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My grandfather used to do a lot of work for the bosses at Minton

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and they knew he'd got a little girl of about three or four, and they needed a model.

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-Right.

-And they asked if she would model for it, which she did,

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and she was given this suit and also the figure, for doing the modelling.

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-So this is your mother?

-That's my mother, yes.

-Good heavens. It's a wonderful story

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because one sees the finished product often, I'm familiar with things like this,

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and it never occurs to you that there was a human start.

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I just think the modeller sits there, works away, does what he does.

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But to actually say, "Well, I need a four-year-old child, who's got one?

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"That'll do, come here, get these clothes on, stand still and off I go,"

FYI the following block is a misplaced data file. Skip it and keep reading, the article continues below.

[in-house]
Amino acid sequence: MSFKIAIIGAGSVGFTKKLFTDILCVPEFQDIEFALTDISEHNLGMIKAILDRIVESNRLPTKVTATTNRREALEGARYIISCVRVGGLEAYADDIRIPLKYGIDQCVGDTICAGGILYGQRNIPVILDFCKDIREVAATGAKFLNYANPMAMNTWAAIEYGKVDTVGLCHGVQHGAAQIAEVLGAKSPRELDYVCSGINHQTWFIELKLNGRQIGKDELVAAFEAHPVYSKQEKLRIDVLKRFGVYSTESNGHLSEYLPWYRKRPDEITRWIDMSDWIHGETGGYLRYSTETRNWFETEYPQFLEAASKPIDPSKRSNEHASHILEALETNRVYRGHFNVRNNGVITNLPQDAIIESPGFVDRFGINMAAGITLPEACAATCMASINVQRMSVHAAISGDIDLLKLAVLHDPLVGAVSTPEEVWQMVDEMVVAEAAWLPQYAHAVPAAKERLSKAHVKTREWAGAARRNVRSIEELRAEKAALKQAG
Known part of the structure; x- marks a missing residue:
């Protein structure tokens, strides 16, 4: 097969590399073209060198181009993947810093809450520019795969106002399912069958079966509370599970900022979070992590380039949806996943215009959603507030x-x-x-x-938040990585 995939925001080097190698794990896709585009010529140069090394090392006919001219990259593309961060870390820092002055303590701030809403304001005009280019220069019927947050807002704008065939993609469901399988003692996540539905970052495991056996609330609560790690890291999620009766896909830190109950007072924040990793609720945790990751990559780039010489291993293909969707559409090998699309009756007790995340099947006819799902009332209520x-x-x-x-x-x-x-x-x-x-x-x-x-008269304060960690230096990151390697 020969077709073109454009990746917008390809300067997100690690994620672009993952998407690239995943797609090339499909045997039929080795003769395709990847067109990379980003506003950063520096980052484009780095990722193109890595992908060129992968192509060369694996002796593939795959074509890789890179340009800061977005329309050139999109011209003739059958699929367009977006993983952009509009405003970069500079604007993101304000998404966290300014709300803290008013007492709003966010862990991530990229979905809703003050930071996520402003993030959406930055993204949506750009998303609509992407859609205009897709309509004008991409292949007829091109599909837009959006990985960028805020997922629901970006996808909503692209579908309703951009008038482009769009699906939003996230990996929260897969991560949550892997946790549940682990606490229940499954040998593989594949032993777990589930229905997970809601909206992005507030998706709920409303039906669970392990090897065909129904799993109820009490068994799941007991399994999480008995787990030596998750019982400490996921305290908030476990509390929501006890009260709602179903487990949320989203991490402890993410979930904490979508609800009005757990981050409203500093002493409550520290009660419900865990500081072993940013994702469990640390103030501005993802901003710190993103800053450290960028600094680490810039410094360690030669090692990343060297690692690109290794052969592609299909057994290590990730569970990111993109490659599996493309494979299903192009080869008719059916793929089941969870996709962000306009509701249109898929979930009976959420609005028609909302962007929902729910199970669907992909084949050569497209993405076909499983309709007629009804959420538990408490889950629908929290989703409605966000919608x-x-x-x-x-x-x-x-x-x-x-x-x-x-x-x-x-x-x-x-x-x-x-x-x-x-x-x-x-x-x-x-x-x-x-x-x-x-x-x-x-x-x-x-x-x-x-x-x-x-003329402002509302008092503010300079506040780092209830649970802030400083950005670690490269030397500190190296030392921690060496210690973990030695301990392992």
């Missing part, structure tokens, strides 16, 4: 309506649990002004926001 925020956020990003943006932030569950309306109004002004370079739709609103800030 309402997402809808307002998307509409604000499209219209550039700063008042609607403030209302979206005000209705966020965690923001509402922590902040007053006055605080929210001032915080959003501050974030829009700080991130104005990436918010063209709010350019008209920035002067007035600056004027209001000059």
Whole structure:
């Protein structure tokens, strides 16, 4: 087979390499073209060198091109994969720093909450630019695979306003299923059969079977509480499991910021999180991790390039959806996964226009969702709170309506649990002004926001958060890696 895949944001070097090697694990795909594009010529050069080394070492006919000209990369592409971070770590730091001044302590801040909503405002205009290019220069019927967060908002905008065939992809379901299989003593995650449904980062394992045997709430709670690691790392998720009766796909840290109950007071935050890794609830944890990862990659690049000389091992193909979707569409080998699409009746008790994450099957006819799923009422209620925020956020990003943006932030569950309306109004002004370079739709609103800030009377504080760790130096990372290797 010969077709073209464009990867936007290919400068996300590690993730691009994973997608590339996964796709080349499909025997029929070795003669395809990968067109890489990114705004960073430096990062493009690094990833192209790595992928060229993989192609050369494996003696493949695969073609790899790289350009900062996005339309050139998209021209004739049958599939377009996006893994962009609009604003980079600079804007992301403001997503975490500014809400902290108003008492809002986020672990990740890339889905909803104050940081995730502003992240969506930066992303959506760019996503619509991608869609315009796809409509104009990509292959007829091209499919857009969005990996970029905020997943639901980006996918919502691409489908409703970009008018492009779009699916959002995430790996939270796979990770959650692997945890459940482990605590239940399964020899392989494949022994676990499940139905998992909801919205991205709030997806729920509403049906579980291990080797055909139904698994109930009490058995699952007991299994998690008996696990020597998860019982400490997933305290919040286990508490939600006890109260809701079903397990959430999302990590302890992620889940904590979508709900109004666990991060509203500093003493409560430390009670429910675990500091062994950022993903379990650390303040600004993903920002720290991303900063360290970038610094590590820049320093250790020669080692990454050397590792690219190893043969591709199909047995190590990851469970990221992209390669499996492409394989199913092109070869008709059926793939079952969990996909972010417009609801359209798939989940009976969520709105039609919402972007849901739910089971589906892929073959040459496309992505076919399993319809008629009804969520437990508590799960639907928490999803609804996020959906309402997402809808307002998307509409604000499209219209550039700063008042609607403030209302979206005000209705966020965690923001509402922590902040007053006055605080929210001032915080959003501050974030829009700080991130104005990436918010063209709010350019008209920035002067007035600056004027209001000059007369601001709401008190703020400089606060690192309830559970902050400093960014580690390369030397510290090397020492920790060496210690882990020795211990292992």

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I think that's wonderful. Has it been worn since?

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It's been worn by myself and also my three children.

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-Now do we have any evidence of that?

-Yes.

-There's a picture

-of me, unfortunately.

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Unfortunately? You look wonderful.

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I was probably... A little bit older than her there.

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-So this is Butlins?

-Yes.

-So you were in the dressing-up competition?

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-Yes.

-Did you win?

-I can't remember.

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-You probably had the best costume of anybody there.

-Well, probably.

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-The only professionally-made costume. You were that jester.

-Yes.

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Right, I think it's a lovely story because it really fills out the background to how figures were made.

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A figure like that by Bradbury is still going to be £250-£300.

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What's the costume worth? It's priceless - it's the whole story.

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-Yes, yes.

-It just brings your family to life in a wonderful way.

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-Yes.

-Thank you.

-Thank you very much.

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So tell me, is this a family member?

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No, no,